Ad 3: Economists are materially better off

The authors acknowledge that, notwithstanding what they perceive to be the insularity and hierarchical structure of economics, changes can happen and can happen relatively quickly. The authors’ case in point is finance which has seen a steady increase of extra-disciplinary citations in what the authors consider the five top economics journals (as percentage of citations roughly a doubling over the past two decades; see Figure 3 their paper). No surprise there since  finance is in many respects just a spin-off of economics, albeit one which is recognizably closer connected to the business world. It is this fact that actually has improved the demand for economists from business schools; it also has created considerable opportunities for consulting (p. 17).

While this trend has been good for economists’ incomes, it has also made them to some extent dependent: Whose bread I eat, his song I sing, as the German proverb has it.

And, yes, when the stakes are high economic theory predicts that at least some economists will sell out quickly, as also suggested by the work of Zingales (2013) that the authors cite. Did I say when the stakes are high? “For a moderate fee,” jokes Deirdre McCloskey, “an economist will tell you with all the confidence of a witch doctor that interest rates will rise 56 basis points next month or that dropping agricultural subsidies will increase Swiss national income by 14.8%.” (From an Economist article reporting on the Fourcade et al. study.)

Ad 4: Economists are more individualistic (and less inclined to collaboration)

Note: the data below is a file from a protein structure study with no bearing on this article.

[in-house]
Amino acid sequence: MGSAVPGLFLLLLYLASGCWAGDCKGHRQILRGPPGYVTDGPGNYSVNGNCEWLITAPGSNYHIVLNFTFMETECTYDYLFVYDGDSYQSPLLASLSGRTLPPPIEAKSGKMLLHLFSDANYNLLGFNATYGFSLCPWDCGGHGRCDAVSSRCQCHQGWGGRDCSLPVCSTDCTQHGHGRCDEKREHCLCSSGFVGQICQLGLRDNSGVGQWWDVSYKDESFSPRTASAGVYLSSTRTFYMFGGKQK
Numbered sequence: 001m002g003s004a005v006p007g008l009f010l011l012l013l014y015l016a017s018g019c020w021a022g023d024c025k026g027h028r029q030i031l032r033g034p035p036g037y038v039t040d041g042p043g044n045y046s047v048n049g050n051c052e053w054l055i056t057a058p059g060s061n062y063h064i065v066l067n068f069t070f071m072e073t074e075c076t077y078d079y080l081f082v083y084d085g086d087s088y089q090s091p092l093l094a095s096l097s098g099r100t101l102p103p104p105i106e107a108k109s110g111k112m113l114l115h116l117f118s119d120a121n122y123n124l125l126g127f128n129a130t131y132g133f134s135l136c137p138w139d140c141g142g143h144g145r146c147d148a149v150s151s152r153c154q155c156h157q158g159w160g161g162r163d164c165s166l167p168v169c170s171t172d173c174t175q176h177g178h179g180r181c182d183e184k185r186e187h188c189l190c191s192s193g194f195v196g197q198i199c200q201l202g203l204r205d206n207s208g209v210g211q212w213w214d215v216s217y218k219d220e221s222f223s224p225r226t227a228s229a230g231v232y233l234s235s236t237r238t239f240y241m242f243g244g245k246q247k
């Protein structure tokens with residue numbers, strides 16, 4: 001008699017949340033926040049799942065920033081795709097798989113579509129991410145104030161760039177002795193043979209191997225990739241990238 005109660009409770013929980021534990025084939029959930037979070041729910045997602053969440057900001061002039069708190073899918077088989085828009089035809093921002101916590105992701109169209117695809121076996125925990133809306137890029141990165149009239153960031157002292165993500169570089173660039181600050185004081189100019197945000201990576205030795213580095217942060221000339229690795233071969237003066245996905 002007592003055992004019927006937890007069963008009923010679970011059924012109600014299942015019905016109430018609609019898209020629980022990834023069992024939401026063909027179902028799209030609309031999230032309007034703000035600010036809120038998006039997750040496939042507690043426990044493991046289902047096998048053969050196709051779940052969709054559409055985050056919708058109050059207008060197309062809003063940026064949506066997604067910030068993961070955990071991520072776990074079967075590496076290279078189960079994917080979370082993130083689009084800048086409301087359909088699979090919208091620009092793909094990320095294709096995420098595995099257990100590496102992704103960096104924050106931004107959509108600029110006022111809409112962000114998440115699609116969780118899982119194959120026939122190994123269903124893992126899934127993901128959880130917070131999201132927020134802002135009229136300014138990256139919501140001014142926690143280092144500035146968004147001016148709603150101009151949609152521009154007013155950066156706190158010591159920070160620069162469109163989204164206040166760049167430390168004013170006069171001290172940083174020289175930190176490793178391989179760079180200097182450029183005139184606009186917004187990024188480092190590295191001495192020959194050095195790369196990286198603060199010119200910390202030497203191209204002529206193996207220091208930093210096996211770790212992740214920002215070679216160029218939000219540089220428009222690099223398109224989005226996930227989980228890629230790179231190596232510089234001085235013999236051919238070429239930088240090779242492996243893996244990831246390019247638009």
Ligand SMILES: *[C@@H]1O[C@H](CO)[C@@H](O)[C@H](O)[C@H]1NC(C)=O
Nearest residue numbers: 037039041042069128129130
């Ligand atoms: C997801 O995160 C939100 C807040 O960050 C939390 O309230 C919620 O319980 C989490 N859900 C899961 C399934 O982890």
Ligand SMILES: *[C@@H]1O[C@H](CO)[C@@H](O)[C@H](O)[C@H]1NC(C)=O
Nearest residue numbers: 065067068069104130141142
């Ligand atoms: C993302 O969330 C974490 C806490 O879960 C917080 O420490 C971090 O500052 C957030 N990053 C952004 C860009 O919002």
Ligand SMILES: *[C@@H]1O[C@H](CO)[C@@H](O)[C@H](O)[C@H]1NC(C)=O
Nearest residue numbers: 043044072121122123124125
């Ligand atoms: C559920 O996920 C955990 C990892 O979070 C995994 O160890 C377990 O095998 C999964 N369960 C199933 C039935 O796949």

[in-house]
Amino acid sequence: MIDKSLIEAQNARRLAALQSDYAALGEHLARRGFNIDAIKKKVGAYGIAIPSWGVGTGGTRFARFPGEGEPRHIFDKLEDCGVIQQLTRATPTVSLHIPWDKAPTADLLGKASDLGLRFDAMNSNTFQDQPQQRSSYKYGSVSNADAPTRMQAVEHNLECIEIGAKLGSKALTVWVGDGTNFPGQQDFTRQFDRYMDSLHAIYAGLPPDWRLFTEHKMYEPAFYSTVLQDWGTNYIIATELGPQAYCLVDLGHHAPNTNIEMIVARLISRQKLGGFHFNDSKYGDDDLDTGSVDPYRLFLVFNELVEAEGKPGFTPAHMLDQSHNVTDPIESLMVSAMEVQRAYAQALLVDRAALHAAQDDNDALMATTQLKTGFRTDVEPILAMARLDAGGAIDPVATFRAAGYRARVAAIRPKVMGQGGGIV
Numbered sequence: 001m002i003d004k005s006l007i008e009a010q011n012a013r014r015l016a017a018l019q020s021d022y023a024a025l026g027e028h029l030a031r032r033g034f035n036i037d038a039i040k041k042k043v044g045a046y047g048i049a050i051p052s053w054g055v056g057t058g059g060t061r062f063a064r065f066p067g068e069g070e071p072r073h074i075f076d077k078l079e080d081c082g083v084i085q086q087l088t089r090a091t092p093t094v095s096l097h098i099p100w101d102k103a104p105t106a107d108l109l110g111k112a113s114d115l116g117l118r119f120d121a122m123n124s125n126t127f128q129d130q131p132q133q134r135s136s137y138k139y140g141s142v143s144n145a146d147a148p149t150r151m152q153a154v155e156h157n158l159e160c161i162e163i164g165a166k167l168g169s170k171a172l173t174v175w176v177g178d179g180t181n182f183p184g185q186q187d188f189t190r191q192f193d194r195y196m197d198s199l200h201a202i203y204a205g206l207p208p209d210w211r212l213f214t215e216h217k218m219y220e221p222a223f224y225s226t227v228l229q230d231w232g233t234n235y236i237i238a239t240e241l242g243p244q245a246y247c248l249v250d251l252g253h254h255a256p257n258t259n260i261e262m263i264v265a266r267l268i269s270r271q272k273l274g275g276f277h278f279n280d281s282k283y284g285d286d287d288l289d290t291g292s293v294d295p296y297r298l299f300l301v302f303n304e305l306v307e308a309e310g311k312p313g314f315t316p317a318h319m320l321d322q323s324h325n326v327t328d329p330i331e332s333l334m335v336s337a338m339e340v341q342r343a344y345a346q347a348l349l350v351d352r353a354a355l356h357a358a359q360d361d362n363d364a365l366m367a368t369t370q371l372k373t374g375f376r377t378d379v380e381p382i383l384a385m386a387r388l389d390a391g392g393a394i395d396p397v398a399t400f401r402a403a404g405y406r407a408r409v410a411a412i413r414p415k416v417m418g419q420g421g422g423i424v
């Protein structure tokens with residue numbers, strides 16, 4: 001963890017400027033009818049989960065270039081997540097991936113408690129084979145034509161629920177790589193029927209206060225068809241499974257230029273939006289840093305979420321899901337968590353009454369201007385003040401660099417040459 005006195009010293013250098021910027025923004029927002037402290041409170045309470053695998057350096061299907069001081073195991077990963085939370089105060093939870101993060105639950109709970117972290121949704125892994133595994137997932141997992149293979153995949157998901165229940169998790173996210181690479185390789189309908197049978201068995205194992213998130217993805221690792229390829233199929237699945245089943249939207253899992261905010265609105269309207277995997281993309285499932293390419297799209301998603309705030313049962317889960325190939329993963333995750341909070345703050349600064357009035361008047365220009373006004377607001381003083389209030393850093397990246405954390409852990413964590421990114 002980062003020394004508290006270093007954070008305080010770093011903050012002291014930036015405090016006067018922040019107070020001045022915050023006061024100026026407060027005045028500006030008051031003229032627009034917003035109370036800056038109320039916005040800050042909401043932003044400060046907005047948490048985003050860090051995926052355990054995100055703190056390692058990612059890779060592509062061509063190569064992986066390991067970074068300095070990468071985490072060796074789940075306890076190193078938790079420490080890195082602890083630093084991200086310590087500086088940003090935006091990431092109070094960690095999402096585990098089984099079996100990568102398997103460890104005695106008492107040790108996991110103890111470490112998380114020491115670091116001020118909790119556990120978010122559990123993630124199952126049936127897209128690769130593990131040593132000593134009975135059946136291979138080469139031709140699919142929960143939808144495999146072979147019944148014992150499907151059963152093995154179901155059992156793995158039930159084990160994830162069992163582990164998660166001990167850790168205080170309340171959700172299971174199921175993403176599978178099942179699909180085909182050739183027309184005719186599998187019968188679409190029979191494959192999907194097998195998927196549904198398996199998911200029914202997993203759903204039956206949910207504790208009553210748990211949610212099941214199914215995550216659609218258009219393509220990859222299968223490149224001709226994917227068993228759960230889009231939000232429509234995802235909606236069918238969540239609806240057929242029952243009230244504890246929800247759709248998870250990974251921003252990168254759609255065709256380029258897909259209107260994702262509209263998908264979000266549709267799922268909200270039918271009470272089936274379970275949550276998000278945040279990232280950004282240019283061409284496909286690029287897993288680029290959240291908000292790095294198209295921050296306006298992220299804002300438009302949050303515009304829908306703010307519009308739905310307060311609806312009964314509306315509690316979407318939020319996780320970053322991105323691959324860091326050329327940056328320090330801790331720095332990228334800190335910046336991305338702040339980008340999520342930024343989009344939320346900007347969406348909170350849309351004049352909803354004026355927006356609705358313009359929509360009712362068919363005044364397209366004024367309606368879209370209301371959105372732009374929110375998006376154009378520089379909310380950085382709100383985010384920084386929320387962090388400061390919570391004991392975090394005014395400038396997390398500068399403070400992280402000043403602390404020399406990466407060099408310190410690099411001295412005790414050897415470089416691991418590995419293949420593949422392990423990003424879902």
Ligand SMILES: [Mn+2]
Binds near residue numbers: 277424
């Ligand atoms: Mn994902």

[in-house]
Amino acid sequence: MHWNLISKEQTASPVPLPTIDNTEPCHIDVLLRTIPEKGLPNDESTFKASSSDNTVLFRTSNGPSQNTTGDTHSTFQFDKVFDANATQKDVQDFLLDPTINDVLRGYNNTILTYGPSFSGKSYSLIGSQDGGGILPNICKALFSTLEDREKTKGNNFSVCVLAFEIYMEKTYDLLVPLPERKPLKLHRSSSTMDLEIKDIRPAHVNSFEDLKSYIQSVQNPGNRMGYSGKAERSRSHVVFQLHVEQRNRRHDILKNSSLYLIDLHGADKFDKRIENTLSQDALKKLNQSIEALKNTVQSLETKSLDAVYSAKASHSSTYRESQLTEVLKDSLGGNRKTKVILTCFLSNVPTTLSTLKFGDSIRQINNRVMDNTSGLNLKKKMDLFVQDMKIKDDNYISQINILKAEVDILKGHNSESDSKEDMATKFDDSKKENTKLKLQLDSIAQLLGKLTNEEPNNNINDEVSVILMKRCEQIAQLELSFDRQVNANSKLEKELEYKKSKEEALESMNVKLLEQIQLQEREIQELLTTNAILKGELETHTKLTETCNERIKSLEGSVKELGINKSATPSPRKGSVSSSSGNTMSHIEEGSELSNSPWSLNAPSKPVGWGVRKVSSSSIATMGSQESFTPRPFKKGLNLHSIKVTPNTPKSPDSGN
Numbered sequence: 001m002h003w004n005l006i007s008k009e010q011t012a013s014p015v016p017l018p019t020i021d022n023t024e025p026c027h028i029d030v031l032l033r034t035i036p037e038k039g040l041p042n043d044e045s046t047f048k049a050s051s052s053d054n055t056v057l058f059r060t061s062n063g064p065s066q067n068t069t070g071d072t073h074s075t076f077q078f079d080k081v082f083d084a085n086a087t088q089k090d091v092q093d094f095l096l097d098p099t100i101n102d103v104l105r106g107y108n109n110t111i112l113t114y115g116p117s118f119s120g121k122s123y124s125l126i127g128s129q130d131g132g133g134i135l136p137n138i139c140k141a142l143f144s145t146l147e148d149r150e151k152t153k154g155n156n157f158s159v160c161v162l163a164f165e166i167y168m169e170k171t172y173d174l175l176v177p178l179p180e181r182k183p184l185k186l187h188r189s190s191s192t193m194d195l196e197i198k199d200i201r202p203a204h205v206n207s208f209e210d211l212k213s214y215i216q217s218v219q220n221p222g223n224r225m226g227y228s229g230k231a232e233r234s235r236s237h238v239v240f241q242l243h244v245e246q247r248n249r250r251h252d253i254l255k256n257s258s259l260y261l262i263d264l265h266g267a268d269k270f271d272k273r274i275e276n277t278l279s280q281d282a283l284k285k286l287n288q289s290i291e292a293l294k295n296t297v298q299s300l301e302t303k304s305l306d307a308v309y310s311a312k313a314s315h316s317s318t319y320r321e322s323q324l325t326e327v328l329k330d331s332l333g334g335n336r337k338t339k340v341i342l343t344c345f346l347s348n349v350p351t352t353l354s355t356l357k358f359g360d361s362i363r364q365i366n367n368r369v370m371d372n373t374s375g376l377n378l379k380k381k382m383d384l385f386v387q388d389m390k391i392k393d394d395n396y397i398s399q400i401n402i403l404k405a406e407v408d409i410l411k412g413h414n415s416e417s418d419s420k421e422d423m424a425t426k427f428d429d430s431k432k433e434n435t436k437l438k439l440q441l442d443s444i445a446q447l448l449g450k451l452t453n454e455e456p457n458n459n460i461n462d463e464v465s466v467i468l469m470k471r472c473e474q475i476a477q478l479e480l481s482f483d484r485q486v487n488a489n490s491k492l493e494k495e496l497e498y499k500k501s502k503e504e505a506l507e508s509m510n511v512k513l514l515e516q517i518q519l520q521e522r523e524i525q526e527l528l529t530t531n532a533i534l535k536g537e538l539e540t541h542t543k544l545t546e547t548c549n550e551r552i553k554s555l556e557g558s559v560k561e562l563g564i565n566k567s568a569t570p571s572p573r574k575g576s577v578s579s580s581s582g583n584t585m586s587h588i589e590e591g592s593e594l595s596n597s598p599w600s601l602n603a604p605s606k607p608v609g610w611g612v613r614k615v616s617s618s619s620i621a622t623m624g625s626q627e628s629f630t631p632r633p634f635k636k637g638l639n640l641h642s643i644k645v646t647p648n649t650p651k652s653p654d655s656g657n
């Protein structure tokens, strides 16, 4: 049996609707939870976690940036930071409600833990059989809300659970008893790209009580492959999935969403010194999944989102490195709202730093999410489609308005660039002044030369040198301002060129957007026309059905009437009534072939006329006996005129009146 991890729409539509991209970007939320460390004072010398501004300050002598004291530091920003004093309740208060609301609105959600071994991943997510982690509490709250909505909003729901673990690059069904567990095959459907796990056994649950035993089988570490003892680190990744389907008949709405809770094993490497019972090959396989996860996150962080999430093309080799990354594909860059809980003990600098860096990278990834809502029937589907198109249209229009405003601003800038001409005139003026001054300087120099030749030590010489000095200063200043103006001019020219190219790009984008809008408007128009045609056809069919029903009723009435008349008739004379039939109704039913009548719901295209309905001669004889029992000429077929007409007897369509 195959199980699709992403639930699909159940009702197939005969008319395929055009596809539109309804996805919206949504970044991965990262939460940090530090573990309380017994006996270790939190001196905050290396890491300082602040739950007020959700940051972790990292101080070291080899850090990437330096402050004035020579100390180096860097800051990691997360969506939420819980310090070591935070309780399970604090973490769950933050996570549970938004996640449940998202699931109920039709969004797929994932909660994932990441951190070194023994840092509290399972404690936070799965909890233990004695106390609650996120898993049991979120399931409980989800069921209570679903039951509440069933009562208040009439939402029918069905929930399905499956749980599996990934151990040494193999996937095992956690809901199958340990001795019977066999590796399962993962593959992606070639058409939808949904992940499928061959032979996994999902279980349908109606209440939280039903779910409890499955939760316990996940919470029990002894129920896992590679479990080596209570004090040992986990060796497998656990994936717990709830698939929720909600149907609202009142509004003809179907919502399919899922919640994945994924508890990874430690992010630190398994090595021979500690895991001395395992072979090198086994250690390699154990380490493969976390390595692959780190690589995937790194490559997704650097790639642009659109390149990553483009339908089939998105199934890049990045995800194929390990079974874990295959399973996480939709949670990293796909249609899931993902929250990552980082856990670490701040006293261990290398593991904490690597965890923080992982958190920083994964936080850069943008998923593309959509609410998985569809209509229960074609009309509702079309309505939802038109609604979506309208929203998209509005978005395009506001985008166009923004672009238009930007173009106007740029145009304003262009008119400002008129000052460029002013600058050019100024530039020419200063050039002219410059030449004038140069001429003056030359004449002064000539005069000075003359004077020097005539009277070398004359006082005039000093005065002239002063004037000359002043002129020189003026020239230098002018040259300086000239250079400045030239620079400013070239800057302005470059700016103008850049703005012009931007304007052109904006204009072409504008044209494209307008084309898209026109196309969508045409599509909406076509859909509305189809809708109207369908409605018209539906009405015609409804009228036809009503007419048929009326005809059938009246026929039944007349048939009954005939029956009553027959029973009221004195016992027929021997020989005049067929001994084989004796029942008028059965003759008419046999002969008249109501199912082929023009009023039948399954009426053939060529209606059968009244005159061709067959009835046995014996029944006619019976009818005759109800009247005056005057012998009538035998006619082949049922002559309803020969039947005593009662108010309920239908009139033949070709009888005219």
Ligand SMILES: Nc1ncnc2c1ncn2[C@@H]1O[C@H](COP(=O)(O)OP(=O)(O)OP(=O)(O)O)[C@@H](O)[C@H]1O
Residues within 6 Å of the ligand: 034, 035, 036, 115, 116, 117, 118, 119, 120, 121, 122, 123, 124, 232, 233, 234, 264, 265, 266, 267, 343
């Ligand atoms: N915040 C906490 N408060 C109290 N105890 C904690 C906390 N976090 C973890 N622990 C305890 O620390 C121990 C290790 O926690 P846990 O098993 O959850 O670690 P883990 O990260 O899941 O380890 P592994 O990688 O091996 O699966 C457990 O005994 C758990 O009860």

Well, for the most part that statement reflects a lack of understanding of modern economic theorizing. The authors mention some of the usual references (e.g., the Frank et al 1993 JEP study, the Frey & Meier EJLE 2005 study and one of the  classic Marwell & Ames studies) but ignore conveniently some evidence that contradicts these findings including one that explicitly has taken as target the Frank et al study: Watch what we do not what we say!

Ad 5: Economists are more convinced in their discipline’s “ability to fix the world’s problems.” Or, in other words, “most economists feel quite sure about their ‘value added.’” (p. 22)

The implicit claim is that economists are over-confident. Because. Global Financial Crisis.

Well, yes, economists tend to be not particularly humble people but for starters they are quite a diverse bunch in their opinions, and, of course, there were people who did predict the GFC, or various precursor events.  In fact, as the famous saying has it, whenever you have n economists in a room you are assured to have n+1 opinions because one of them will have two opinions all by himself, possibly at the same time.

The key problem of the present paper is that it does not appropriately factor in this diversity.  Whether economists are too sure of themselves is hard to assess in the aggregate. A recent exploration suggest economists are “inhumanly impartial”. Who am I to argue?

Maybe, you should have them superiors serve you, even if it comes at a premium. You get, as the saying has it, what you pay for.


As mentioned, the working paper by Fourcade and her colleagues has attracted considerable commentary on social and other media.

Noah Smith has argued that the premium that economists can pocket is for the most part due to the fact that economists have teched up on statistics over the past few decades. Which is, no doubt, part of the story. But they have teched up in many areas and statistics is just one and IMHO not really the most important one; the game theory and behavioral revolutions strike me as of at least equal importance.

The Economist also had a write-up and it was as uninformative as I have come to expect from that rag. Under the title, “The power of self-belief”, the writer argues that economists’ sense of superiority is the driver of it all. He then, strictly scientifically, relies on a random sampling of that venerable and classy website called econjobrumors … :

“A glance at a popular blog for doctoral students in economics,, gives a taste of the contempt in which its users hold other disciplines. Sociologists ‘play around with big important ideas without too much effort or rigour,’ one econo-nerd asserts. “

World-class journalism that.